Cell mediated remodeling of engineered microvasculature
Calderon, Gisele Amanda
Miller, Jordan S
Doctor of Philosophy
Tissue engineering as a field aims to model and replicate human tissues and organs as substitutes for restoring or improving organ functionality or for studying tightly controlled niches in drug discovery, cancer therapeutics, or fundamental biology. We are in great need of engineered tissues to address the scant availability of organ donors compatible with recipient patients. Further, animal studies are not predictive of human physiology, so there is a tremendous need to quantitatively investigate human cells for drug screening and other therapeutics in a clinically relevant manner. However, current clinical successes have been limited to avascular and simple tissues such as the cornea or bladder. In order to engineer more complex tissue equivalents, we must incorporate essential blood supply or vasculature to provide long-term viability for clinical implantation or for modeled drug screening. Towards engineering more complex, solid organs, bioengineers must identify methods of achieving effective vasculature to permeate the high volume of cells while not compromising the organ’s function. We believe that in order to build solid and complex tissues, we are to include hierarchical vasculature that varies in dimension (ranging from centimeters to micrometers in diameter) to most effectively transport blood and nutrients and remove waste products. Some research groups have historically taken a bottom-up approach to create de novo capillaries by stimulating vascular endothelial cells and support cells to form a provisional capillary plexus in extracellular matrix (ECM) or ECM-like materials. By allowing cells to dictate the vascular organization, we can ensure physiologic relevance, but the technique is currently limited to forming only the smallest vessels found in humans. Further, capillary formation in this bottom-up approach is a slow process that may limit the scope of complexity that can be achieved with organ engineering. Other research groups have also developed top-down, 3D printing (3DP) techniques to control the creation of larger diameter vessels with precise control over every x, y, and z position. With 3DP, open channel geometries can be incorporated into engineered tissues with a high level of control and speed. However, tissue engineers might not design the most optimized architectures and are constrained by the physical limitations of soft material engineering, such as the spatial resolution of the printer and an inability to reach the smallest scale of vessels. Few groups have been able to engineer tissues with vasculature that spans from micro- to macro- scale dimensions, which we identify as a critical step toward the actualization of a multiscale cellularized tissue. Therefore, we propose a combined bottom-up and top-down system that mimics the hierarchy of vasculature within tissues to overcome existing strategies that are limited to either small-scale microvessels or macro-scale physically patterned vessels. We expect this approach may have the capacity to create tissues which could allow rapid anastomosis to an existing vasculature in vivo. We propose to couple cell-based self-assembled capillaries with 3D printed channels to generate a multiscale vascular network which can more adequately approximate living human tissue structure. First, we will assess co-culture pre-vascularization strategies that promote vasculogenesis in our assembled capillaries. Next, we will utilize advanced soft material 3D printing and assess cellular activity in these engineered networks. Finally, we will apply our vascularized networks to therapeutic applications. This setup will allow us to study fundamental questions in vascular biology such as cellular remodeling in response to endothelial cells’ sensed shear stress from convective transport and cell-mediated, angiogenic sprouting and vasculogenic tube formation. We expect that our combined vascular engineering strategy will promote the fluidic union of vascular networks fabricated across multiple length scales. We believe this work will allow researchers to incorporate multi-scale vasculature in vitro for tissue engineered constructs for regenerative medicine or disease modeling applications, and may facilitate the investigation of cellular mechanisms of vascular homeostasis and vascular remodeling in both normal and pathologic settings.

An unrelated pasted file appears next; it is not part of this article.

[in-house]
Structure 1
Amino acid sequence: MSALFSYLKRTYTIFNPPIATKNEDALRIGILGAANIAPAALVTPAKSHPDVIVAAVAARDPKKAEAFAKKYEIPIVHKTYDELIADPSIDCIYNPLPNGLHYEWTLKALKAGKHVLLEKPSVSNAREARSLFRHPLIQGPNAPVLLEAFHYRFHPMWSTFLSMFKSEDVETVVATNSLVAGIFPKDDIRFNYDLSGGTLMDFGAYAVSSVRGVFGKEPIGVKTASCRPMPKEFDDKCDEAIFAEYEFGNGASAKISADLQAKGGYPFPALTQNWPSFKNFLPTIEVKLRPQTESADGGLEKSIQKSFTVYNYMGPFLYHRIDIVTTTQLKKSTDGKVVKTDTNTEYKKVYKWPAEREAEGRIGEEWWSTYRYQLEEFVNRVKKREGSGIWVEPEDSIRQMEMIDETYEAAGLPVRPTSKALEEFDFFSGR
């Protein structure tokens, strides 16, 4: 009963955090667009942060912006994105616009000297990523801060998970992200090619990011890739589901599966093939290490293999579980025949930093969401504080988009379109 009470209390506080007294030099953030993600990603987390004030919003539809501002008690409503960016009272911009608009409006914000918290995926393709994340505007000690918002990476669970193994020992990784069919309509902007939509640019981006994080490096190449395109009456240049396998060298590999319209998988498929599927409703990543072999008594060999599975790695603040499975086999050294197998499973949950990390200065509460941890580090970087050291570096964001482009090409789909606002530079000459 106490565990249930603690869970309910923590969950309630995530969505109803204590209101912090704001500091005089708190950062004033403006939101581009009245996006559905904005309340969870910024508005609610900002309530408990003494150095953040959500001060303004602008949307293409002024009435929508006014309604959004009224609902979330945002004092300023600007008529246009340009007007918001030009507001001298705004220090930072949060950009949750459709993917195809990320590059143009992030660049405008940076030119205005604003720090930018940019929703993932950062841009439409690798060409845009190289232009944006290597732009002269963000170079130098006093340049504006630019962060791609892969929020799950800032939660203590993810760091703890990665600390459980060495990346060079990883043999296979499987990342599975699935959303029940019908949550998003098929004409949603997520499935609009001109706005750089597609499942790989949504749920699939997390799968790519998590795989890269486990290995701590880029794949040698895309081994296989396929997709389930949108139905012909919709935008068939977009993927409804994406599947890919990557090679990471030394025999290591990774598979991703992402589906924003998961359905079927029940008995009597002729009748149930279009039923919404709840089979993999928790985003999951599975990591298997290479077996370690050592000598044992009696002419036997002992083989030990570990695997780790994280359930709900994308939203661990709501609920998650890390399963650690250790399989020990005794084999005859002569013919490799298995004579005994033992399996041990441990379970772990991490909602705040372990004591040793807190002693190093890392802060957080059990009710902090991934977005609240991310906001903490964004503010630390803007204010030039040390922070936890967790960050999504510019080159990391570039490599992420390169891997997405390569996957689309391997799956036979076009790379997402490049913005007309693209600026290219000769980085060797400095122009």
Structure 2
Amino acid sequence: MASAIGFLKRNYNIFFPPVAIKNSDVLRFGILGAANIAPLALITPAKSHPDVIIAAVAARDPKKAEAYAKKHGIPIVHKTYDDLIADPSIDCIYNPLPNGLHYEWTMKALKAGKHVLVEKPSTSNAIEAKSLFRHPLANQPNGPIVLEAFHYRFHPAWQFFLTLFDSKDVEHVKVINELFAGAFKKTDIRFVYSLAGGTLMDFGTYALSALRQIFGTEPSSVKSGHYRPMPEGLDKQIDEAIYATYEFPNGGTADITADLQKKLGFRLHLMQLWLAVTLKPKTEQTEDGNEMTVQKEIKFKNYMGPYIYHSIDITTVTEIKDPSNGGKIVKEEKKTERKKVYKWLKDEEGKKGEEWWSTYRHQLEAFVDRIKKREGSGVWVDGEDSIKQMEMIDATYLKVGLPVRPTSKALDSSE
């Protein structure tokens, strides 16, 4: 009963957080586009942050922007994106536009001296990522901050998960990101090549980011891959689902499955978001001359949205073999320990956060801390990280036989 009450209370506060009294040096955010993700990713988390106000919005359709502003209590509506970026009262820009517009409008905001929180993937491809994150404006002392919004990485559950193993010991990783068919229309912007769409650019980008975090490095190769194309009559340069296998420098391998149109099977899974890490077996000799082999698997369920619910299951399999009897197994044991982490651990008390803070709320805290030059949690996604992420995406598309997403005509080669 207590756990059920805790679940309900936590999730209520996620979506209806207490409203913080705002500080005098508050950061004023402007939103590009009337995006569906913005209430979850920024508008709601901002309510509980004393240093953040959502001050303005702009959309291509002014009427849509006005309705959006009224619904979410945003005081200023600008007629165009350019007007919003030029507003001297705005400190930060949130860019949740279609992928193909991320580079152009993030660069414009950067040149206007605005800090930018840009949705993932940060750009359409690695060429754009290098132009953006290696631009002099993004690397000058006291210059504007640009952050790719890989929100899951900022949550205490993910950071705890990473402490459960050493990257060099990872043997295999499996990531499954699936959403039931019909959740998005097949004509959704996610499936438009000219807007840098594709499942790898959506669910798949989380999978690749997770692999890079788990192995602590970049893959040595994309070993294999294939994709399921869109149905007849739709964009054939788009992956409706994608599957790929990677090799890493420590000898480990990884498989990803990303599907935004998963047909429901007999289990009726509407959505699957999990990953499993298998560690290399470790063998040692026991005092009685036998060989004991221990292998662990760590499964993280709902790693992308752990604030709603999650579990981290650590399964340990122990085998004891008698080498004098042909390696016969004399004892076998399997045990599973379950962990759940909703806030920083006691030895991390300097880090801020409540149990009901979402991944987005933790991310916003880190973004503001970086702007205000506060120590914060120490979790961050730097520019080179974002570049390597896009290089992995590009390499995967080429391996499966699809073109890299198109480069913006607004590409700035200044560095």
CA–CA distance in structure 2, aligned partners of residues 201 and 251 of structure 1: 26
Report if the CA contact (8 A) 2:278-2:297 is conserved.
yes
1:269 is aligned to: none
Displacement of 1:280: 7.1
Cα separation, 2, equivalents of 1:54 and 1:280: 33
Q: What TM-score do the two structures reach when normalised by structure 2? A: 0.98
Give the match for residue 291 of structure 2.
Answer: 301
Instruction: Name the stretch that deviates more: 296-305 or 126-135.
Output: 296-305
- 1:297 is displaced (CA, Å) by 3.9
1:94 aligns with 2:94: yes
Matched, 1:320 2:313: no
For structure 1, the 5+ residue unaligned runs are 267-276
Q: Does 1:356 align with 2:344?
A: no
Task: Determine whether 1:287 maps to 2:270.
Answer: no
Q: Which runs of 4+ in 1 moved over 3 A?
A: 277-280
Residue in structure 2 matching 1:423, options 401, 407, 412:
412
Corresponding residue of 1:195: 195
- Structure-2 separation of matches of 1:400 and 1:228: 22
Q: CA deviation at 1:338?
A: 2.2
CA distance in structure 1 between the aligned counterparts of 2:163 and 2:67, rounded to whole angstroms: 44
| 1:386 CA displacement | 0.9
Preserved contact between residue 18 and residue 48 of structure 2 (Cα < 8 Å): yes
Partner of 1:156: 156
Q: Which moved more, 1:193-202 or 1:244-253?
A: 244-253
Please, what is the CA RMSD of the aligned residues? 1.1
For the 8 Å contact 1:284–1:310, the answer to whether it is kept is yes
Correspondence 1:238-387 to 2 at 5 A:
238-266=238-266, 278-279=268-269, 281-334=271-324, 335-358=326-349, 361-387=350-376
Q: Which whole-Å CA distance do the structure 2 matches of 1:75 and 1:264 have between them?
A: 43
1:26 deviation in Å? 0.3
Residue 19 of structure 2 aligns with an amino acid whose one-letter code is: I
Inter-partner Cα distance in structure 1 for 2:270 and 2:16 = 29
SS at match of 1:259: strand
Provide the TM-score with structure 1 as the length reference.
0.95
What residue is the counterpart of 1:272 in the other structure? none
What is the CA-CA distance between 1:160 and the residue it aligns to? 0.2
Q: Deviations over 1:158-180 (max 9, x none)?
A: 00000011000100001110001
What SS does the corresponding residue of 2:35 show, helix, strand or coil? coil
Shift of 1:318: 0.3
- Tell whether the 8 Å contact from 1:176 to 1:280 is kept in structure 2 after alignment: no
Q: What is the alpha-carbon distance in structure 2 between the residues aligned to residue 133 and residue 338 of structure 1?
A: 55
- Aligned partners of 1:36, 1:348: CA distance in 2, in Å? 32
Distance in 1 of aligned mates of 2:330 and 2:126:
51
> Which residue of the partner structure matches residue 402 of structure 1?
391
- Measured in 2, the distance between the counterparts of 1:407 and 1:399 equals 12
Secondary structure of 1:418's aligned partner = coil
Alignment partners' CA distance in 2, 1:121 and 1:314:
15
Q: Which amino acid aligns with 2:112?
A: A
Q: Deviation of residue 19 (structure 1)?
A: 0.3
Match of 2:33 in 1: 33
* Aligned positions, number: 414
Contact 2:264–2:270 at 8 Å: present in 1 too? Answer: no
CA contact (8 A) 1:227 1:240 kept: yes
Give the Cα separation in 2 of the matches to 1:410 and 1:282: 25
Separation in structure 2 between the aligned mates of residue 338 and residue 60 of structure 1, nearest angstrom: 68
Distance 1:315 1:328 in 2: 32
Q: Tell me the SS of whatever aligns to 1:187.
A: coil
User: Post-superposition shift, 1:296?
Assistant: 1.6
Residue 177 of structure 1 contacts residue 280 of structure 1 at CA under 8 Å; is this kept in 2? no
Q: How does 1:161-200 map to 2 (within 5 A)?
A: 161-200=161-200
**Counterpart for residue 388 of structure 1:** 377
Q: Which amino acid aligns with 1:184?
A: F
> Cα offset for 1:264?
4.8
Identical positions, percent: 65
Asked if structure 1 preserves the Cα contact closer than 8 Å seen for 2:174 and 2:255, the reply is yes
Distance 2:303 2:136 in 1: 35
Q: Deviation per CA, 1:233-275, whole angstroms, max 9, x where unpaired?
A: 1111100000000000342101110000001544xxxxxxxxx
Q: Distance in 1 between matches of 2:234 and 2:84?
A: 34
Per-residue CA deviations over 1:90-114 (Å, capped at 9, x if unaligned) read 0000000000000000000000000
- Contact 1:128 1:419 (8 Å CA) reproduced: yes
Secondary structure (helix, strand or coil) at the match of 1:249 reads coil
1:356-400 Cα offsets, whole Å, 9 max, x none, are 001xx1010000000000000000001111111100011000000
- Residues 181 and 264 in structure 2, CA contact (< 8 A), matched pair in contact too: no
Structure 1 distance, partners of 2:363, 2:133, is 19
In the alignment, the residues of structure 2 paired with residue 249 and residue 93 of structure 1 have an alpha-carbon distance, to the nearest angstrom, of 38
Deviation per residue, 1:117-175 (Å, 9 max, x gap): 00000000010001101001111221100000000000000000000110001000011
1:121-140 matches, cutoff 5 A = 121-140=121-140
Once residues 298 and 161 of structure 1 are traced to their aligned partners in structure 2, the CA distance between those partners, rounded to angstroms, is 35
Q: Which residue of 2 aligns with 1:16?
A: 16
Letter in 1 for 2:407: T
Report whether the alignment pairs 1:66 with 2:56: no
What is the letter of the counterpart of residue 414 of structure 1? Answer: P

vasculature; endothelial cells; vasculogenesis; 3D printing